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The Last Days of Thunder Child by C.A. Powell

The Last Days of Thunder Child

by C.A. Powell

Giveaway ends June 03, 2017.

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Thursday, 11 May 2017

Fenland - Bird Hides - Cambridgeshire, England.

Dotty dog Dotty and my wife Carole at Manea bird hides.

My wife and I decided to take little dotty dog Dotty to the bird hides at Manea today. It was a clear blue day and rather warm. We filled our flask full of coffee and grabbed some nibbles before setting off.

Upon arrival at the River Bedford and the River Delph, which both run parallel to each other, we let Dotty out of the car so she could run her excitement off. Once she had got the pent up energy out of her system we set off across the bridge by the lock gate and walked along the dyke and bridle path that separates the two rivers.

I had my camera and was listening to the various bird song along the way. The rivers reeds were alive with Willow Warblers and Reed Buntings. I was, of course, clicking away with my camera. We walked for a long time surveying all about us.

I saw a Common Buzzard circling over the farmland and tried to get a few shots until RAF Tornados flew over. We passed the first two bird hides and went into the third one and set up our things. We looked out across the Fens once again. The last time we came here with my son Paul, the whole Fen was a giant lake as the River Delph bursts her banks in winter and floods the surrounding pastures.

Now the lake was receded and the fields were back in view. The entire Fen was a lush green where the lake had recently been. The first thing we noticed was a hunting Marsh Harrier gliding low and searching the grassland for the nests of the water birds. The raptor must have found the nest of some Lapwings as these water fowl were constantly try to swoop close and harass the bird of prey. I think it was a desperate effort to protect their nest. The contest went on for some time. The Lapwings would see the Marsh Harrier off, but the big bird would slowly circle the fen and come back low from another direction. I was clicking away with my Nikon D3100 trying to get the best shots possible but it was at some distance.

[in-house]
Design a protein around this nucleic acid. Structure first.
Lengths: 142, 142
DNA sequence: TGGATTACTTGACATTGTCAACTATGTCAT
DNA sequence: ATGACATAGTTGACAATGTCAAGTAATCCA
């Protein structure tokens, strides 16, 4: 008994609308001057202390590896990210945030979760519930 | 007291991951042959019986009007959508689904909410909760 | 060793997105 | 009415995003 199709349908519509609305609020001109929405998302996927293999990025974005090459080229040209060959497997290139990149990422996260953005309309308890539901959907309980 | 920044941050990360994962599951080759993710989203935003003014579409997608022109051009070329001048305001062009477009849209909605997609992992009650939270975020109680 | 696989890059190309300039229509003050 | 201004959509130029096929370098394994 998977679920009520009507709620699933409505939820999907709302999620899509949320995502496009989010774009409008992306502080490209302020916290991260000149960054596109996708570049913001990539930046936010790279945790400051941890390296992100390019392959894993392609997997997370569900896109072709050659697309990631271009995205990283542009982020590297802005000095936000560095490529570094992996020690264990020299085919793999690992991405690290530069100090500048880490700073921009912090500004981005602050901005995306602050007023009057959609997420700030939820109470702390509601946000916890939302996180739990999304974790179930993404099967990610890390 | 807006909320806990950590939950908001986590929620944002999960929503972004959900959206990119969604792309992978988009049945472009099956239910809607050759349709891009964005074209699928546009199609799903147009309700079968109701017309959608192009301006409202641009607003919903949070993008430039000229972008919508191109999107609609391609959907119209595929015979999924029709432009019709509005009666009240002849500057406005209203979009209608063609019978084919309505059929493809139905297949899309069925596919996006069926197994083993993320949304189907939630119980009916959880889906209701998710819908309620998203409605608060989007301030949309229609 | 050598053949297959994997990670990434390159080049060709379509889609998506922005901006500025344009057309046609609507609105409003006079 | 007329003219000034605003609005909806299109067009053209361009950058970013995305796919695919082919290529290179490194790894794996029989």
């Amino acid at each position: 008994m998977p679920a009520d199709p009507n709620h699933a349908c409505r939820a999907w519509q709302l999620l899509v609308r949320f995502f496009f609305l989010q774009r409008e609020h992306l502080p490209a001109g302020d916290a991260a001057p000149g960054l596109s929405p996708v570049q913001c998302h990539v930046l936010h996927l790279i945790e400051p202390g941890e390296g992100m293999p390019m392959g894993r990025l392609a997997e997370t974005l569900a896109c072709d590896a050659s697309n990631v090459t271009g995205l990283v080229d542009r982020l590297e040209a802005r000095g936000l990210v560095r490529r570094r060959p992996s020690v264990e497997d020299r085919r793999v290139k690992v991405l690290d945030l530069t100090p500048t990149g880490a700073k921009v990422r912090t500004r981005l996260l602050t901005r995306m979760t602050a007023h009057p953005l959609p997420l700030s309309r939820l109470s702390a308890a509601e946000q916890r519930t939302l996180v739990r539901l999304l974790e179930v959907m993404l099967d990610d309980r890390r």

Carole and I spent an enjoyable couple of hour’s bird watching before deciding to make our way back to the car. That was still another half hour walk for Dotty to stretch her legs a little more.

On the way back we saw a kestrel in the distance and then another come close to it. This other particular bird seemed to be a kestrel too at distance but it did not hover. Instead it was twisting and turning and had a different flight signature altogether. Carol thought it might be a Merlin, but these birds of prey like wooded areas. Then as it got closer we noticed it had a black head. At first, I thought it might be a Peregrine Falcon but it looked too small. Then I realised it might be a Hobby. I managed to get a few great shots of the little raptor as it swooped and twisted in the summer sky. What a smashing little creature it was. Once back home, Carole looked up the Hobby in our British bird’s book and it had all the marks of such. Evidently, the Hobby is a spring and summer visitor each year.

Willow Warbler

Peacock Butterfly

Common Buzzard

Reed Bunting


Then a couple of RAF Tornados put in an appearance.

The once flooded fen was now fields again and the Marsh Harrier was Hunting but the Lapwings were not happy and wanted to protect their nest. They harassed the raptor swooping close in and out to put the bird of prey off.

Every time the Marsh Harrier left, it would just circle and come back low. The Lapwings were waiting.

The air contest lasted for some time.

The Lapwings would not give up the defence of their nest












Lapwings


On the way back, we saw the Hobby swooping, twisting and diving with great ability. At first, I thought it was a Merlin or Peregrine Falcon. However, it was about the size of a kestrel.

Hobby over the Fen






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